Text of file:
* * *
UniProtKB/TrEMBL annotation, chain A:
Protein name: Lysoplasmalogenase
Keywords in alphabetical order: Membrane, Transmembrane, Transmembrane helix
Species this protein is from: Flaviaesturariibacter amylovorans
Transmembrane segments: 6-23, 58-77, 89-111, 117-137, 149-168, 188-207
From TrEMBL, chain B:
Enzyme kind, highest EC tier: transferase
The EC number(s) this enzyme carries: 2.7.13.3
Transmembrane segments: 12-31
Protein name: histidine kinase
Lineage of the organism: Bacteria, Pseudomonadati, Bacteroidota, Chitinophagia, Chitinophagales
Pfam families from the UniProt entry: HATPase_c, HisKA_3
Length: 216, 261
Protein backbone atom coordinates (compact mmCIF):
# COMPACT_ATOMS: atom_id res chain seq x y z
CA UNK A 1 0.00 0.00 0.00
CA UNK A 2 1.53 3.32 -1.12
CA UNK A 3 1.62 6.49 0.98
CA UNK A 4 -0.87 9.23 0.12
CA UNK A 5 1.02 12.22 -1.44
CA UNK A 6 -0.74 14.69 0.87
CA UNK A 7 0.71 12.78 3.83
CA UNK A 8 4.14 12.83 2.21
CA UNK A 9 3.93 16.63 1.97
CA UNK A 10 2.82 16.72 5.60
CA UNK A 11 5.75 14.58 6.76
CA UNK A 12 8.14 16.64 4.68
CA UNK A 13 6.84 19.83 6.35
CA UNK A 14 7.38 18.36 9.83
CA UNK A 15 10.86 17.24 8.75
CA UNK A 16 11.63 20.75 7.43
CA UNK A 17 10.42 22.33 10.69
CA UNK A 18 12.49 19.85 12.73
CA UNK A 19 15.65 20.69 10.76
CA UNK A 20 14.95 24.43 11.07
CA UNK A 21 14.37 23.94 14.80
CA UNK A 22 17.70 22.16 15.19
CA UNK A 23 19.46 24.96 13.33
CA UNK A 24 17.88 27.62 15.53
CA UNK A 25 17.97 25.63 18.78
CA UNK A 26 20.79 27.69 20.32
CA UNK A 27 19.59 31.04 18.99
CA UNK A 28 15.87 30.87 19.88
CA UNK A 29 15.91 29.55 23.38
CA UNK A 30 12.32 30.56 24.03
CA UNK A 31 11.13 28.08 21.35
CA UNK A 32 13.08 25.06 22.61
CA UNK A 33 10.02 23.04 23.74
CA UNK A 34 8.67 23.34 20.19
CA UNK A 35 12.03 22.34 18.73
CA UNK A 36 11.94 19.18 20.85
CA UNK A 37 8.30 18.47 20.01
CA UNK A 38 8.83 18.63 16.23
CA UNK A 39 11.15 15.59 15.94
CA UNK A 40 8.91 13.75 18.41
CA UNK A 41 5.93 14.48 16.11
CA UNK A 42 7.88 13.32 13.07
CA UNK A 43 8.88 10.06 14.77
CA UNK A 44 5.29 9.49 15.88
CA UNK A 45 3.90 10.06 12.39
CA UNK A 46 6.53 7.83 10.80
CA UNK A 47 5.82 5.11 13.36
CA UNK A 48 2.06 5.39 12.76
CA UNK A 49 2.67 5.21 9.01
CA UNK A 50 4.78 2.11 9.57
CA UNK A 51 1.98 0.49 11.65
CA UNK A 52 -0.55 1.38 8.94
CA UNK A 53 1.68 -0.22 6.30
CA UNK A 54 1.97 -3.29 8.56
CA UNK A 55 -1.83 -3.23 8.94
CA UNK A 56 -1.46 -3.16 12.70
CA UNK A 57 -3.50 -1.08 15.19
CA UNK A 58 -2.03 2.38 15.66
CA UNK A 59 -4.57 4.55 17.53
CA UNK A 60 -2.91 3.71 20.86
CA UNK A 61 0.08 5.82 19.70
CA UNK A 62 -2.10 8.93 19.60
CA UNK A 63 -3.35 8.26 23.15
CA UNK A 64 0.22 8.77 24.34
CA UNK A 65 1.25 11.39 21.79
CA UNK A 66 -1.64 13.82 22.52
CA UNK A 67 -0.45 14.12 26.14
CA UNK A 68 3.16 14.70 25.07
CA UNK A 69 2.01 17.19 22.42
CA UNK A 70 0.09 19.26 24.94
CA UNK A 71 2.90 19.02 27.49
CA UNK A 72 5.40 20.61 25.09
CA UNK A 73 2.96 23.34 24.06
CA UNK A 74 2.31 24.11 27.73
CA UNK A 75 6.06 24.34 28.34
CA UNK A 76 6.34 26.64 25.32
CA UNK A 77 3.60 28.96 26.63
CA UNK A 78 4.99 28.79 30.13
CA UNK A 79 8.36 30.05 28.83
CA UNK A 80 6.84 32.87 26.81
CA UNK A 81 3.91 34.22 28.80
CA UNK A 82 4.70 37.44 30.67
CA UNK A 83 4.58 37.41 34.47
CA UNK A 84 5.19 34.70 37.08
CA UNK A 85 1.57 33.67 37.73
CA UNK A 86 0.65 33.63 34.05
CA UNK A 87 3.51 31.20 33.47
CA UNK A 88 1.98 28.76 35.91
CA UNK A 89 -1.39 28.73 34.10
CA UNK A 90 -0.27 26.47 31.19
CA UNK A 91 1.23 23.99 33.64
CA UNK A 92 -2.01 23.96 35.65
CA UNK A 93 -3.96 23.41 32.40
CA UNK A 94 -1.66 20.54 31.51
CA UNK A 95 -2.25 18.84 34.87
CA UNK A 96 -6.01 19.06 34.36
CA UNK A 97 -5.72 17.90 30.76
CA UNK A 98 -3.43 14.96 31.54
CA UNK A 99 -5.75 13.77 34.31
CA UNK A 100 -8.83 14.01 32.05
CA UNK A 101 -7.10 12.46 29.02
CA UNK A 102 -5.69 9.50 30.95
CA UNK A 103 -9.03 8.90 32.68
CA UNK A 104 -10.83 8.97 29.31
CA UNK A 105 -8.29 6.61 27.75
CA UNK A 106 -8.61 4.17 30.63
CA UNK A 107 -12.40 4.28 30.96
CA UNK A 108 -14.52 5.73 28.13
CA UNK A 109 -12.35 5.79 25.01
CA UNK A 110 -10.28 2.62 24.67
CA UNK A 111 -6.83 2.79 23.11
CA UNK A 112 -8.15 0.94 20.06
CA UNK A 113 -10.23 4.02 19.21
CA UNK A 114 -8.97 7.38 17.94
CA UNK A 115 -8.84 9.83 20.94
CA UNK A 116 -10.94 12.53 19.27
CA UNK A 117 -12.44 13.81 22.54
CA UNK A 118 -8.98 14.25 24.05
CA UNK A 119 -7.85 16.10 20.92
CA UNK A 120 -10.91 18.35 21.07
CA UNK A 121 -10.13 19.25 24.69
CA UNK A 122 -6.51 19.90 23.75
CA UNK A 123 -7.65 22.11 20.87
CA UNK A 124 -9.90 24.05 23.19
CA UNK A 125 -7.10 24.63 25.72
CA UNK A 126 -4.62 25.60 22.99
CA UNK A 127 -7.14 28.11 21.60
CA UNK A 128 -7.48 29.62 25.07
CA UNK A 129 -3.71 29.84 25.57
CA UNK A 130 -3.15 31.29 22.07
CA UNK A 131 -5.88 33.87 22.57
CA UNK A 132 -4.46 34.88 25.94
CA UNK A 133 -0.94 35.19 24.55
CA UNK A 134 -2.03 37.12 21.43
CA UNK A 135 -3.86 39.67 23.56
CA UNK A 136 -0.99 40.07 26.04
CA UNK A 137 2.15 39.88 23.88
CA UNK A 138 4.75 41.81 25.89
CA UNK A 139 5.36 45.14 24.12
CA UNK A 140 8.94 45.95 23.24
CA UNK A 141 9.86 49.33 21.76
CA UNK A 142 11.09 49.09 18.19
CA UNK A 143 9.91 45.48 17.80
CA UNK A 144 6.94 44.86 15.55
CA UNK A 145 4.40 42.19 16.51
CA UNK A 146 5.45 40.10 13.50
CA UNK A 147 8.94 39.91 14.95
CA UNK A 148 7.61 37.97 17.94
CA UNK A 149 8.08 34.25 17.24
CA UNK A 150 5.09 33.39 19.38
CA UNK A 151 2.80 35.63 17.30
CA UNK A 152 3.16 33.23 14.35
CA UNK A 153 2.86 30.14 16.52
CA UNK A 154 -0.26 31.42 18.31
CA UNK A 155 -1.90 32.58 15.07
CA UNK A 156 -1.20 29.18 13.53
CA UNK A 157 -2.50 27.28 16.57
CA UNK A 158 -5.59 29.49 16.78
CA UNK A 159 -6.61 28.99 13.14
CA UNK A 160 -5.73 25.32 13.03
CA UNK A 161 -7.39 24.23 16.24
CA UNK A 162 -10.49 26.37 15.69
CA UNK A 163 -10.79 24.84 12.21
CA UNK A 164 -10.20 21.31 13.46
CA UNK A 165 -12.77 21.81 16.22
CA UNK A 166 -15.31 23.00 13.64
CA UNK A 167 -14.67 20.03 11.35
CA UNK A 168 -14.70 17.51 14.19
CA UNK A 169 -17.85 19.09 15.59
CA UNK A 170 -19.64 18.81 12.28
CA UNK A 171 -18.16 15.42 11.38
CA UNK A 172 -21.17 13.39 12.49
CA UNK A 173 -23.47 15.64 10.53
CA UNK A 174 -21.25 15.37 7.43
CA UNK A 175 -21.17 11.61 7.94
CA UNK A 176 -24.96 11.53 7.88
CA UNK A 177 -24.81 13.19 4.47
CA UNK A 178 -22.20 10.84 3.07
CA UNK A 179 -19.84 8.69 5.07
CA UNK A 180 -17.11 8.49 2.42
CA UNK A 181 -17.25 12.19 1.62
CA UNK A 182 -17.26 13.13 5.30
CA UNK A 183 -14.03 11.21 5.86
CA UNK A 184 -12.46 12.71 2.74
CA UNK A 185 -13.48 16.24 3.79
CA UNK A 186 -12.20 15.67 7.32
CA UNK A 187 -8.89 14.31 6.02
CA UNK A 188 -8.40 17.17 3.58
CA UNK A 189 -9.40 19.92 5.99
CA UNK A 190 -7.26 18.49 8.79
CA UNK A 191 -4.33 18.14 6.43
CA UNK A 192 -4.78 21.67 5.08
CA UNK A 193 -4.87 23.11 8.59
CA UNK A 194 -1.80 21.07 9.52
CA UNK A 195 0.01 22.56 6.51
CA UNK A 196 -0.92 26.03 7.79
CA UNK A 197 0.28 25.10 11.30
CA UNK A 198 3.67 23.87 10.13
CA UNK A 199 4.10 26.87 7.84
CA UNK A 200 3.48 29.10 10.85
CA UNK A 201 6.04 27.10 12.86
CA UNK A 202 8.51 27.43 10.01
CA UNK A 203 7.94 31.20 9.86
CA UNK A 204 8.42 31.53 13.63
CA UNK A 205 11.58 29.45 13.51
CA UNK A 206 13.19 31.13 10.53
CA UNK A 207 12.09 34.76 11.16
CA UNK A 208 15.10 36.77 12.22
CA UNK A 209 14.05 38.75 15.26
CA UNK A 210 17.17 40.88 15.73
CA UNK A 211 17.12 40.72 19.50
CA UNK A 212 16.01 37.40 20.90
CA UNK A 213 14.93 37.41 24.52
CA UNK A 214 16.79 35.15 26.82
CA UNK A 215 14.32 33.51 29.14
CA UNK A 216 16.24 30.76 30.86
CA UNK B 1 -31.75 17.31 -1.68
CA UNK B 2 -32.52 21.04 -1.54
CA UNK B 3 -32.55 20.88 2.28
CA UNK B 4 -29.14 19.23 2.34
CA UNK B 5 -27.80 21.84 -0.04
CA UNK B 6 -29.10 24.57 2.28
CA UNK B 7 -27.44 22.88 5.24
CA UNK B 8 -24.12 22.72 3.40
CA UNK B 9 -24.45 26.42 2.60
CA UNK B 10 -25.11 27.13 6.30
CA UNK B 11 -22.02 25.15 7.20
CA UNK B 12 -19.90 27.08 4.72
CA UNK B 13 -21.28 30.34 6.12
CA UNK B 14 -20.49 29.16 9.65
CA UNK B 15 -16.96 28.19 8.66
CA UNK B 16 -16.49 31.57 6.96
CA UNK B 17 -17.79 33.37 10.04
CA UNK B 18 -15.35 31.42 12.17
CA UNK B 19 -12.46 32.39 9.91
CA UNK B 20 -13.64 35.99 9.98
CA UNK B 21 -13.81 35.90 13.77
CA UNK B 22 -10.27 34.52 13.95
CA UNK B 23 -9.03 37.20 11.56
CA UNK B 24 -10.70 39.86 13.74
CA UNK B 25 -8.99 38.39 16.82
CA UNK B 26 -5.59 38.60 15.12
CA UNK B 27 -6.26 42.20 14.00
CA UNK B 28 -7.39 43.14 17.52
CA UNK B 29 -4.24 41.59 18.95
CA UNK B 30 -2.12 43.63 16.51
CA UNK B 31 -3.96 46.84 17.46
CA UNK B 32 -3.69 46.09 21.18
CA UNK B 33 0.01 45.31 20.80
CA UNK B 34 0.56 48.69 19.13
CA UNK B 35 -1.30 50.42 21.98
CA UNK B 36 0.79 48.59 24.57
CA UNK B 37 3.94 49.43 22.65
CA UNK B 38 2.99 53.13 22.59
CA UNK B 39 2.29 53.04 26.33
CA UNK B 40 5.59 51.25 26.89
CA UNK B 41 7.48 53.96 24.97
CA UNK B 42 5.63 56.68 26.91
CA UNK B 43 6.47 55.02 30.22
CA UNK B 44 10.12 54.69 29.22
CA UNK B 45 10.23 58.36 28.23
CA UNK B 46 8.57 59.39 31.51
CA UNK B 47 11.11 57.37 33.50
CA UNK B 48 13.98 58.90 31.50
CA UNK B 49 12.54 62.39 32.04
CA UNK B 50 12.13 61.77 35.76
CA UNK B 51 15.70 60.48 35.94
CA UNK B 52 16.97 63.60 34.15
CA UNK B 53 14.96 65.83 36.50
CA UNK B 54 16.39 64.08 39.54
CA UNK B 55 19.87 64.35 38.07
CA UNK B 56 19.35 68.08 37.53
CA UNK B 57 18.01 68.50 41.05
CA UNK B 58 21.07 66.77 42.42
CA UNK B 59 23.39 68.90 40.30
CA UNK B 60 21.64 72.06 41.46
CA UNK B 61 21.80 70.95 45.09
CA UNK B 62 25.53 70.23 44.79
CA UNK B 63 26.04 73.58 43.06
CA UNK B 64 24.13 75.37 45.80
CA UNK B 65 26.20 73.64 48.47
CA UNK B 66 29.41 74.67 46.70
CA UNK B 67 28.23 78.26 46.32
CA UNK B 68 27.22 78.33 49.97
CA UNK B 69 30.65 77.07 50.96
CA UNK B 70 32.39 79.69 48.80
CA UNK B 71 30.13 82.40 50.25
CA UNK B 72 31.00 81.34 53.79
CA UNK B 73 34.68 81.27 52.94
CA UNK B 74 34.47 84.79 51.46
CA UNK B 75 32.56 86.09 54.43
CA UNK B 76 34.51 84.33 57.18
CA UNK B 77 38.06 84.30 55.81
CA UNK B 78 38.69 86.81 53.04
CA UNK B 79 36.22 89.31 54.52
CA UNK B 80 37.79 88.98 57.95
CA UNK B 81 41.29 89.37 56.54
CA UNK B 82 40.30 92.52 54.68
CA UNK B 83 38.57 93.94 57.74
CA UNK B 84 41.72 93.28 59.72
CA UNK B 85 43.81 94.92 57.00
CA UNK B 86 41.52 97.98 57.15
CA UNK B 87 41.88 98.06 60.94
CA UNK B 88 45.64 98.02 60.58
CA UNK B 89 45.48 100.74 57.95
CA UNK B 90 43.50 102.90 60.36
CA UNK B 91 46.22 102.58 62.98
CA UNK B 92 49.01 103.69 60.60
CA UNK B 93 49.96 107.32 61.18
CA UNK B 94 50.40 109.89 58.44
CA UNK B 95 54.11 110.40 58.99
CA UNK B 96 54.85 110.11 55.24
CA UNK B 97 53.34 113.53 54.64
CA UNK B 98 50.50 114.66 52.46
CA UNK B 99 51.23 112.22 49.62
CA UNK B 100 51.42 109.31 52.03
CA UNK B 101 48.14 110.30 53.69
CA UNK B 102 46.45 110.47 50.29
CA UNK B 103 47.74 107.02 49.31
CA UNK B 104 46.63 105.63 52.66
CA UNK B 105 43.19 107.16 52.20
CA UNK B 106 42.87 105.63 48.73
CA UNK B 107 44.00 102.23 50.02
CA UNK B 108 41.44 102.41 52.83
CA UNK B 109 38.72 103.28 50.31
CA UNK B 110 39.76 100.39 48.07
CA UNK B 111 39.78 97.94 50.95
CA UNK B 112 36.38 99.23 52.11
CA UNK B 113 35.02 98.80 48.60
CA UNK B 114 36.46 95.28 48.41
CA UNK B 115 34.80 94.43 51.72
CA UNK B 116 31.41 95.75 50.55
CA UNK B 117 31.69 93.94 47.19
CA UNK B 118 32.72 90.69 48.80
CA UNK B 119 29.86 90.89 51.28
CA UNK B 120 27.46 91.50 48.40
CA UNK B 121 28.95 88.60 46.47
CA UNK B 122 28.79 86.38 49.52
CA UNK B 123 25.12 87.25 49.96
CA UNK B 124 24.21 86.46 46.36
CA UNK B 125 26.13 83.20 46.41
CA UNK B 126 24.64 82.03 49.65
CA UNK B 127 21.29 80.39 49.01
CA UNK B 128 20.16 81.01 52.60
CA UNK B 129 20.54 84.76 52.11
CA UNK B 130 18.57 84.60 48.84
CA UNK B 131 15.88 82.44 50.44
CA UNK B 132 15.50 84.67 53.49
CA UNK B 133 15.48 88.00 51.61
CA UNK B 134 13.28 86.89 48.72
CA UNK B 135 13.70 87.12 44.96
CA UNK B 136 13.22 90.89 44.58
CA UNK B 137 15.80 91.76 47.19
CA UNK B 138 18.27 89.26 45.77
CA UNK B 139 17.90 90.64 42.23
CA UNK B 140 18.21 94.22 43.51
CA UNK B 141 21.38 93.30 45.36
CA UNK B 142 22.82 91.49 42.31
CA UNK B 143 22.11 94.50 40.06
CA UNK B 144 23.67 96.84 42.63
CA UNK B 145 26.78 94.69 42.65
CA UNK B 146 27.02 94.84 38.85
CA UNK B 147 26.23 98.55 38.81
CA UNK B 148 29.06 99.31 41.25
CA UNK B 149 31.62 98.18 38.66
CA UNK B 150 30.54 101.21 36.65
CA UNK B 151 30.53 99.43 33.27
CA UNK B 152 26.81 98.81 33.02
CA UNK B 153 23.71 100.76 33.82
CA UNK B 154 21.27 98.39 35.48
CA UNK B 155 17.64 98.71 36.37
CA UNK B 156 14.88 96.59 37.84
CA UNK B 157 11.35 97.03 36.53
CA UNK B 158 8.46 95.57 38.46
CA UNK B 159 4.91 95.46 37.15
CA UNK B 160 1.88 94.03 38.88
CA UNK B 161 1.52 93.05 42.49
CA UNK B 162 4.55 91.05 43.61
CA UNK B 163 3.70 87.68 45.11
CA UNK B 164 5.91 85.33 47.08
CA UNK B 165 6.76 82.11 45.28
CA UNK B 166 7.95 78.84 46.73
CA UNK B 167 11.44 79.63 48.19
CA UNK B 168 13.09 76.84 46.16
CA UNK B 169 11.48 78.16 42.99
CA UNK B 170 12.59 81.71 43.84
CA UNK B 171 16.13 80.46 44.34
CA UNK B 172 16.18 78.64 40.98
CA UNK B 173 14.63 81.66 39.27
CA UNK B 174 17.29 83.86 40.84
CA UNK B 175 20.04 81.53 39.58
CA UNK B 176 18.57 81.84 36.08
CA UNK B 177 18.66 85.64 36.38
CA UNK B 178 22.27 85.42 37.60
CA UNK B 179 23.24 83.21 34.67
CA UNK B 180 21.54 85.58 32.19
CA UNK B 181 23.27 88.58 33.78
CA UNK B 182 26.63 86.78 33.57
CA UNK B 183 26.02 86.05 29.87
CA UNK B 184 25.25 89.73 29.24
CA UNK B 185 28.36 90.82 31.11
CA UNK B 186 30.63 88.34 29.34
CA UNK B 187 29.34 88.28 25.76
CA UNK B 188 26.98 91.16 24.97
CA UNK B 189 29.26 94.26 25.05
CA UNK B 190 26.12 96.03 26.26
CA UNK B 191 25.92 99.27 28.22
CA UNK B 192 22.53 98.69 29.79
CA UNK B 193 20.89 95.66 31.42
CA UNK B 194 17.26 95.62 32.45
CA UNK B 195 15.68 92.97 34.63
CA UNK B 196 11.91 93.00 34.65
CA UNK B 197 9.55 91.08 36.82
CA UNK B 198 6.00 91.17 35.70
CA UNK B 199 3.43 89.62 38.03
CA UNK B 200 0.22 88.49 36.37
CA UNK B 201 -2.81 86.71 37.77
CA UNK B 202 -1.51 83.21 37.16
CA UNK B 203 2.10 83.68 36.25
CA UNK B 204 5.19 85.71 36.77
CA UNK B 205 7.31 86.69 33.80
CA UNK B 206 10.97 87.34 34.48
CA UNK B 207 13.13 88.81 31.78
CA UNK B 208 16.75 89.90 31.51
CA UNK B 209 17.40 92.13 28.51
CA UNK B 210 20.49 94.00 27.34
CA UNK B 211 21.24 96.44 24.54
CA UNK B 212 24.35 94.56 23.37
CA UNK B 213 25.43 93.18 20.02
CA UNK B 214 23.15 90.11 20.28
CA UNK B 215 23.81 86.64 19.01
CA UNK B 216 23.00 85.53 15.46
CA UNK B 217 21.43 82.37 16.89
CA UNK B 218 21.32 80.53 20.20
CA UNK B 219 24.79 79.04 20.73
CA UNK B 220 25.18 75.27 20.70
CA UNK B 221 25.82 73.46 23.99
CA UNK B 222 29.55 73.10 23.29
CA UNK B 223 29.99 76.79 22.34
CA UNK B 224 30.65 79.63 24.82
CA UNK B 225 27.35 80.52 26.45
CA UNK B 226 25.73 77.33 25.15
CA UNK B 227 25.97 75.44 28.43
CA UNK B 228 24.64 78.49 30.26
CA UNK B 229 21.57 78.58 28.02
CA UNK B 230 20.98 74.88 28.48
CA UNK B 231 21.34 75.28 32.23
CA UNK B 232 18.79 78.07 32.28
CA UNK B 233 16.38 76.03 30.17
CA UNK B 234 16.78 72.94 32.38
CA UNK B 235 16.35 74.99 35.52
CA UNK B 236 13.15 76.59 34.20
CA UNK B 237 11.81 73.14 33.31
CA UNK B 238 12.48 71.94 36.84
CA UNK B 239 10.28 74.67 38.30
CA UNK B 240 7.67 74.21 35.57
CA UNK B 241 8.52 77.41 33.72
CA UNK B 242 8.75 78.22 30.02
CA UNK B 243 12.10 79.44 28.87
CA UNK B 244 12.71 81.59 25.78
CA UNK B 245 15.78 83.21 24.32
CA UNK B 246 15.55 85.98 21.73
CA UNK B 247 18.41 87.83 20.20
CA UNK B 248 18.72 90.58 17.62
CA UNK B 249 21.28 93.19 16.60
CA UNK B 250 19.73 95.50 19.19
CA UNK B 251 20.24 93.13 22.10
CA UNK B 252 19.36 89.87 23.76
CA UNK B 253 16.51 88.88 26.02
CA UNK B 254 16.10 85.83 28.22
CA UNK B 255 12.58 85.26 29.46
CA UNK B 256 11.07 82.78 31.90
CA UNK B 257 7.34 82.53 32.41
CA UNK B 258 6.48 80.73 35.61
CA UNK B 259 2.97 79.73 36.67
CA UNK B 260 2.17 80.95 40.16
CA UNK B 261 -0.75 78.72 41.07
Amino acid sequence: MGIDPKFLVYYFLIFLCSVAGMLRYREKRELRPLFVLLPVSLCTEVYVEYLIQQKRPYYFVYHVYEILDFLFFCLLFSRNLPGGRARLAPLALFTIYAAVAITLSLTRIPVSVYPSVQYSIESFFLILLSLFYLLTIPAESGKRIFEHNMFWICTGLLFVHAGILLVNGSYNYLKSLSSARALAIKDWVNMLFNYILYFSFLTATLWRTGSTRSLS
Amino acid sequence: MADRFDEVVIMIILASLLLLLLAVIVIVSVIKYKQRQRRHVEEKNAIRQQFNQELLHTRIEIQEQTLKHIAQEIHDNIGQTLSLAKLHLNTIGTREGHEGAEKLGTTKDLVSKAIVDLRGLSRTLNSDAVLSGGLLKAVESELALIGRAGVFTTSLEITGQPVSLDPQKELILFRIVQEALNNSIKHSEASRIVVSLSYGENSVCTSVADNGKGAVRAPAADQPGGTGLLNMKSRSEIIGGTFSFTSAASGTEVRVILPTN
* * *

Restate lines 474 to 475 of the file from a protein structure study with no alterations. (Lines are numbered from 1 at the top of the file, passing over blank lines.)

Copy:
CA UNK B 243 12.10 79.44 28.87
CA UNK B 244 12.71 81.59 25.78